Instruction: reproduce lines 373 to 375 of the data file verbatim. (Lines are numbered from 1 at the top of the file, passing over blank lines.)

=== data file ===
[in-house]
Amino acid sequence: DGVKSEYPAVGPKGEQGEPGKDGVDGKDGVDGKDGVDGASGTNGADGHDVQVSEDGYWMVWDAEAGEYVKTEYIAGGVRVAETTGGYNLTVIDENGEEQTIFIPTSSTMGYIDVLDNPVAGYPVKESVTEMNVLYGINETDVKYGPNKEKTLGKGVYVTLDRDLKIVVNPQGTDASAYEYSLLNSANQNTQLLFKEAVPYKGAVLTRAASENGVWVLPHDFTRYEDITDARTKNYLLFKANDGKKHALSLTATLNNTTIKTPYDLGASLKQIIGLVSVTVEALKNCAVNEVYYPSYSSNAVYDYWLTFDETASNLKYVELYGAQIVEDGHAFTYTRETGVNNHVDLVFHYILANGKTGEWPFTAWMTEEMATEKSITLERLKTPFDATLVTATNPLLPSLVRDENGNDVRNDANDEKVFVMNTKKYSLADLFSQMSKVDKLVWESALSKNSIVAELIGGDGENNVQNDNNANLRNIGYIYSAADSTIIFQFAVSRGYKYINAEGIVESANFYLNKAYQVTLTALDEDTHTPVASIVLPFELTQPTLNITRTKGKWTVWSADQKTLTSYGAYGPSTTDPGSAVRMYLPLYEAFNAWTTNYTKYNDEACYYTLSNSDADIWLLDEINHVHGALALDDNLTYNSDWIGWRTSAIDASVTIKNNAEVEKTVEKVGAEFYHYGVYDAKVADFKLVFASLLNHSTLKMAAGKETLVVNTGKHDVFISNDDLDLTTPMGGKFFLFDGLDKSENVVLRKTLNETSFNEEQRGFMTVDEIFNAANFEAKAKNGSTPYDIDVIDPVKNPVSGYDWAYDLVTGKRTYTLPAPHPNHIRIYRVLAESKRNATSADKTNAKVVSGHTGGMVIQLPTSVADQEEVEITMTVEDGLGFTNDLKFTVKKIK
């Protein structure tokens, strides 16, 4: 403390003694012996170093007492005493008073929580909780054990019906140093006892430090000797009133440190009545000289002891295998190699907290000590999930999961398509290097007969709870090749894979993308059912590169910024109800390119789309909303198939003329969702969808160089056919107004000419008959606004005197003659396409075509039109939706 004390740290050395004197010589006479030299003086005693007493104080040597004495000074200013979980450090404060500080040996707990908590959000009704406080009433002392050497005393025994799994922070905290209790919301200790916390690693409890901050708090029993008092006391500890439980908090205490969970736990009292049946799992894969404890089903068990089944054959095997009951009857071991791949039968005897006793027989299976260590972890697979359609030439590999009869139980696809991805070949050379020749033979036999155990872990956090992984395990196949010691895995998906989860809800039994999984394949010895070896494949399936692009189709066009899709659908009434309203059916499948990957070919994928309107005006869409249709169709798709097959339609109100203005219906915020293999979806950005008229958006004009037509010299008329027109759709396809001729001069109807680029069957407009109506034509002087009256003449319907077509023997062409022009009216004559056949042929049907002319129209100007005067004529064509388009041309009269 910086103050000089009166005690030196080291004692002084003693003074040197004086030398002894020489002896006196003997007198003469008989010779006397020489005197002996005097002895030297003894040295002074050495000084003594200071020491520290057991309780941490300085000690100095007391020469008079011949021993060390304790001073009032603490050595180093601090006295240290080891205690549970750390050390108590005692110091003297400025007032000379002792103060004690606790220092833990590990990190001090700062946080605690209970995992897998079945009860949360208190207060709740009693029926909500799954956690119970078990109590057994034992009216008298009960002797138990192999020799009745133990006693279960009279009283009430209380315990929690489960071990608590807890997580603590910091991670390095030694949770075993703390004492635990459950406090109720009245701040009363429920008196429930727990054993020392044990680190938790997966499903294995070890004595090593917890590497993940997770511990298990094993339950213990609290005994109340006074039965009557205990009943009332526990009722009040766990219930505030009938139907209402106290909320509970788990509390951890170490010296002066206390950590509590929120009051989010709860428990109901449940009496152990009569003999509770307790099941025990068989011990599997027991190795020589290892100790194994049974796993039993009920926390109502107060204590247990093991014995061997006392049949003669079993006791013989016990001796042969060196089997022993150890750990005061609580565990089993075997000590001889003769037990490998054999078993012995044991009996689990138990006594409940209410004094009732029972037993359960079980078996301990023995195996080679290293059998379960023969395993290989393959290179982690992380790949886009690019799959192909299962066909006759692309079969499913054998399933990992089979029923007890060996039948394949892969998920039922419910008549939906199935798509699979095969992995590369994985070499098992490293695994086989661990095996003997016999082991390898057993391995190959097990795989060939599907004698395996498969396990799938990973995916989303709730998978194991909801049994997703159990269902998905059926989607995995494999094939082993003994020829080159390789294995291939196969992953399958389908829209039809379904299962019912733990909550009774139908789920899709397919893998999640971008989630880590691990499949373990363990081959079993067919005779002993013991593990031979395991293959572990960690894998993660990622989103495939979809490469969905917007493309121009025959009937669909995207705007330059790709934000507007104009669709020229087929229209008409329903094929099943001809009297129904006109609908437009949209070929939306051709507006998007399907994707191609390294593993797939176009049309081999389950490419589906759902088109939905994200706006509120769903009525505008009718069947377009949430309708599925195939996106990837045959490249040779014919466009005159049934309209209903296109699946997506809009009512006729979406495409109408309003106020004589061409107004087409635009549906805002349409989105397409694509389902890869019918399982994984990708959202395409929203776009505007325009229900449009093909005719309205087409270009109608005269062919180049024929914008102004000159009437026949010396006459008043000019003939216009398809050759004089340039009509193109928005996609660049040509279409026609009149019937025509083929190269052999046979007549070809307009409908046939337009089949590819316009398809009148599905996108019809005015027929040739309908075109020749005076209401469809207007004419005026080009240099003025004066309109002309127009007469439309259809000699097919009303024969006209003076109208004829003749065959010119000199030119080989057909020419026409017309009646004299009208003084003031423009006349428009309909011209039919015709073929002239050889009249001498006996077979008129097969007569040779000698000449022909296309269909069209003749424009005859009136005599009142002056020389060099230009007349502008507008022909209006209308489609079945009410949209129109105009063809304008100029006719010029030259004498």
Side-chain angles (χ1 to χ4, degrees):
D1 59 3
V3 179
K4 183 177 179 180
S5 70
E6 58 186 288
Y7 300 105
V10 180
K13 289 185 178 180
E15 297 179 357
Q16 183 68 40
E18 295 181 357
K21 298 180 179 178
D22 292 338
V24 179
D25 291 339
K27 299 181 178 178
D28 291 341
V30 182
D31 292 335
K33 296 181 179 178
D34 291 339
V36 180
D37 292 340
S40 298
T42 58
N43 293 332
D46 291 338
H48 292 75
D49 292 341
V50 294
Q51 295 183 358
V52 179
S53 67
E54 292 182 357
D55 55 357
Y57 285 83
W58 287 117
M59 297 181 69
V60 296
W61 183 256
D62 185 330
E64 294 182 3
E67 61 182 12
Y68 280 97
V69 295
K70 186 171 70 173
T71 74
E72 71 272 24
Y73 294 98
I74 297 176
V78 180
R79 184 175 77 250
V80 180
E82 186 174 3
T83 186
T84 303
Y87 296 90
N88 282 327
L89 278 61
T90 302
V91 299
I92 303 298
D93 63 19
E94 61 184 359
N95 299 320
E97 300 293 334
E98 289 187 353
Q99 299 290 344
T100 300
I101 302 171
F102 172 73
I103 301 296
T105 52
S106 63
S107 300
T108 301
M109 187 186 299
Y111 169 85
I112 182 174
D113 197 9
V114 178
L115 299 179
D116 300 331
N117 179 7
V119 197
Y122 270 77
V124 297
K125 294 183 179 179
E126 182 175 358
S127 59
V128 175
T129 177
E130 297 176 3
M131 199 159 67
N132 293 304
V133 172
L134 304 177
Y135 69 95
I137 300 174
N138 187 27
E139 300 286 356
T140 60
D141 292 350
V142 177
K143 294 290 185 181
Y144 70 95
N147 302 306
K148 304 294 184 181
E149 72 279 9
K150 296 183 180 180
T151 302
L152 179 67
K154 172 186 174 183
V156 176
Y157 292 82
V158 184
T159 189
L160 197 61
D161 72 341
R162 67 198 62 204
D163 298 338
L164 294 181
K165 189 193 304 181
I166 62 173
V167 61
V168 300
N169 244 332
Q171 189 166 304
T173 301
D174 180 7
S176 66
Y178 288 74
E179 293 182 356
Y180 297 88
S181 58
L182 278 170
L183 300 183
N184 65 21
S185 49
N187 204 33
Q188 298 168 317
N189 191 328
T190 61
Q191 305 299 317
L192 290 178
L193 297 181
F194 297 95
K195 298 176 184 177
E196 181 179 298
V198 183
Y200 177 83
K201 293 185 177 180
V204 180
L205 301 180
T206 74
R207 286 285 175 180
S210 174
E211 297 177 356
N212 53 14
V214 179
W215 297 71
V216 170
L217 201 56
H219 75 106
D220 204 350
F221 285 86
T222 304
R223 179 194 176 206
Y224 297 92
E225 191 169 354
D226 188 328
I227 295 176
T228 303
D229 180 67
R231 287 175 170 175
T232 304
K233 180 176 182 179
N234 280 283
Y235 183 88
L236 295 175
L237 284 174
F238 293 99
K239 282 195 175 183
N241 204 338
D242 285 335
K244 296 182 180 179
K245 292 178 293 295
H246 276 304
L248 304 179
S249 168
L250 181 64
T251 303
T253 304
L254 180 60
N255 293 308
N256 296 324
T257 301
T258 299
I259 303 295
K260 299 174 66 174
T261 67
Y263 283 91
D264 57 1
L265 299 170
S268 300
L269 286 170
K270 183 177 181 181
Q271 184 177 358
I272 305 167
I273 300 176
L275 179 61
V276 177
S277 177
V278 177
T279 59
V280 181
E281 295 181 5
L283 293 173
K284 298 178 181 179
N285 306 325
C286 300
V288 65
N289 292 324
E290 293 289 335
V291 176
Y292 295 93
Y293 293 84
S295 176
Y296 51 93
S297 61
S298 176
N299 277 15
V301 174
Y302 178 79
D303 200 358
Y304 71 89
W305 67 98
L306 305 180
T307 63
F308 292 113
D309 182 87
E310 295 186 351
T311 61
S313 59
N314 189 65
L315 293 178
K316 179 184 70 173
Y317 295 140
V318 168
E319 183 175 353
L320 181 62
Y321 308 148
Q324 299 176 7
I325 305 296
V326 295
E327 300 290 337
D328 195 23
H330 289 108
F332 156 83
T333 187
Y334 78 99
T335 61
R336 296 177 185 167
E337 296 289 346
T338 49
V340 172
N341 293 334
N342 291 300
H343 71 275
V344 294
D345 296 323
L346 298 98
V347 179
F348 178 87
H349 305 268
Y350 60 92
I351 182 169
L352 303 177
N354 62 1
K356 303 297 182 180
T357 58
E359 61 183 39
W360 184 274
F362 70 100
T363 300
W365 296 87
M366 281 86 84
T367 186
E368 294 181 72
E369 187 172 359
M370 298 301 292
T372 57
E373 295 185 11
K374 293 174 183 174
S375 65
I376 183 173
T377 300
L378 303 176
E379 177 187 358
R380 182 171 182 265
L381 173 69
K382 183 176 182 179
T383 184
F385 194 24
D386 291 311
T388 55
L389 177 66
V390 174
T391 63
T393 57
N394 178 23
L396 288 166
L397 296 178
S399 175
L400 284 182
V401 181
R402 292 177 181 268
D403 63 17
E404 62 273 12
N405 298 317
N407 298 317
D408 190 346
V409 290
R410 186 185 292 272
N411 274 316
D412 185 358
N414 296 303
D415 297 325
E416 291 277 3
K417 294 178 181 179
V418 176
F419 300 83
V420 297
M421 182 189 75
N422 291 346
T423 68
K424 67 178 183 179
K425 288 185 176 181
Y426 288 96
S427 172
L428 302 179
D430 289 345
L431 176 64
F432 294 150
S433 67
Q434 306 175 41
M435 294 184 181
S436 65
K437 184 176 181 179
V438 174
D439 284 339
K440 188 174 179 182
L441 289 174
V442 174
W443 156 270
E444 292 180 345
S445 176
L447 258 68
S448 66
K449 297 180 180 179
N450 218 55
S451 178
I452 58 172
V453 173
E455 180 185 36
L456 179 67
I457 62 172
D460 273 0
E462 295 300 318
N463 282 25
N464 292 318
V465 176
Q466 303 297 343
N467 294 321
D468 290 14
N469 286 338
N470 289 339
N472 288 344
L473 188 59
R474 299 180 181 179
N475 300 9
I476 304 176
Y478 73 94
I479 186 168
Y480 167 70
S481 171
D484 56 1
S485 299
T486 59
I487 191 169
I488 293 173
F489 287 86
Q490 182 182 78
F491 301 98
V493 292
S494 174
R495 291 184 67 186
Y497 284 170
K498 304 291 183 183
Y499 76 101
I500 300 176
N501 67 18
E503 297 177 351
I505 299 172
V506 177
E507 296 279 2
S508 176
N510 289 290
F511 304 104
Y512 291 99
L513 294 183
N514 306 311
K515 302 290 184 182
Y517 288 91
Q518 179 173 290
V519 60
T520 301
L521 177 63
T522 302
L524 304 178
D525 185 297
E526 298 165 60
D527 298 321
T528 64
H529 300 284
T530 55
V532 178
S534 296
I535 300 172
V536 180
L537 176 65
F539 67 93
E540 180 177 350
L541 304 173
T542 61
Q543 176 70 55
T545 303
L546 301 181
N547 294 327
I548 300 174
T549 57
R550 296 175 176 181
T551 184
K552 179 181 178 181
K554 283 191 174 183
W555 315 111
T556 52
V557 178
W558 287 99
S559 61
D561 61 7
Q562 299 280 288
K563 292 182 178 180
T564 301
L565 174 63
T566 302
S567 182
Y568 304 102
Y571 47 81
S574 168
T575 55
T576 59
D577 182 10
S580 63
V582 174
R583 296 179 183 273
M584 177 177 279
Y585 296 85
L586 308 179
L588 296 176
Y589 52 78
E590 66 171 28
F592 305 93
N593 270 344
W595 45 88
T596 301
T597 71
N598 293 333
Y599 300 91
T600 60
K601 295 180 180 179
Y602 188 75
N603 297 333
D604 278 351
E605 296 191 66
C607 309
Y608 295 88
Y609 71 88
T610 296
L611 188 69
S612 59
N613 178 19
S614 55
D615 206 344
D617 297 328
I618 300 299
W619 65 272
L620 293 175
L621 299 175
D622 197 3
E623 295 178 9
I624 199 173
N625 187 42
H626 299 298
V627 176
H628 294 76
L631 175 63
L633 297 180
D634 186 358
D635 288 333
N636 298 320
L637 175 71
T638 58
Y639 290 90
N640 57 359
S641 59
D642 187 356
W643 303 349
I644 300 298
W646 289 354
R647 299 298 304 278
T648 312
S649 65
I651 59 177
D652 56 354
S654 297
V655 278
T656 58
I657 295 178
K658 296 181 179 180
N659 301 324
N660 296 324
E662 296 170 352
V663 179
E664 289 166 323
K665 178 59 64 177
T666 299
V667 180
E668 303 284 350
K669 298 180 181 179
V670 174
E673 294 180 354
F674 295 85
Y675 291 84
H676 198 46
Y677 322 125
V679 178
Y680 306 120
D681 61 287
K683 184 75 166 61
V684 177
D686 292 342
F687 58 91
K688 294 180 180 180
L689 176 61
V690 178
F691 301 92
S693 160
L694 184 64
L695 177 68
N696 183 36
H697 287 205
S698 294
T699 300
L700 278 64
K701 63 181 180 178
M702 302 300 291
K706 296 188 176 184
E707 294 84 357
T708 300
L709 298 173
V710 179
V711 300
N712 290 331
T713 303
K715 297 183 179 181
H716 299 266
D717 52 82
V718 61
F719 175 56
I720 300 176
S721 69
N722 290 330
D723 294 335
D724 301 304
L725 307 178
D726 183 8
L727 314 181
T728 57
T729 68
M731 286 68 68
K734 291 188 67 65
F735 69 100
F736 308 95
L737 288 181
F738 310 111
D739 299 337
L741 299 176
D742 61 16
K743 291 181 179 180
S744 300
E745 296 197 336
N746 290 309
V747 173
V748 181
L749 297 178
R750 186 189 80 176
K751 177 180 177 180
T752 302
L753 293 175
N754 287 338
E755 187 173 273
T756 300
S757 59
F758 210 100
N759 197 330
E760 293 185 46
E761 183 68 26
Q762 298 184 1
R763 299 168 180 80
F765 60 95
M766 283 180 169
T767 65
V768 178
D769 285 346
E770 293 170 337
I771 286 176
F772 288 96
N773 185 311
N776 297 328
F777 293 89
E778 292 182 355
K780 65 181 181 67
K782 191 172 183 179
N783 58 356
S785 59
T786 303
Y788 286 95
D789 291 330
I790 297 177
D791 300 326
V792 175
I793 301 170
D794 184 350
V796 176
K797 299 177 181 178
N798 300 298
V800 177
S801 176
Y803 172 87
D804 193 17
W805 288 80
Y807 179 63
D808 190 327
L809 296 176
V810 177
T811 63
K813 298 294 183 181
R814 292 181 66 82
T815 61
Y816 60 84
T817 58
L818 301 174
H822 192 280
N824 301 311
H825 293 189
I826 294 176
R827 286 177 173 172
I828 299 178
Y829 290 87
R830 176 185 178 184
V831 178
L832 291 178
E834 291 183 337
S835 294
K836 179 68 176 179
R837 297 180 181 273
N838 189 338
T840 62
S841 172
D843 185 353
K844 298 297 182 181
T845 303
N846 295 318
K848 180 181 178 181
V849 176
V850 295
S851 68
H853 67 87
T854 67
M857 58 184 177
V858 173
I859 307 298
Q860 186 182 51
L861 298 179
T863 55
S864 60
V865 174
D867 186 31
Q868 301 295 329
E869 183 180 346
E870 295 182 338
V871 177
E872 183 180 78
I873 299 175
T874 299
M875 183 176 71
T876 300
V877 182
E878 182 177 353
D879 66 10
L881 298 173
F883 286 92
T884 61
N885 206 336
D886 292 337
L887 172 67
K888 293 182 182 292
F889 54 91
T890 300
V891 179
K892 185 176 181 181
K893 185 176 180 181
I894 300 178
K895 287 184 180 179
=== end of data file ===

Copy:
E462 295 300 318
N463 282 25
N464 292 318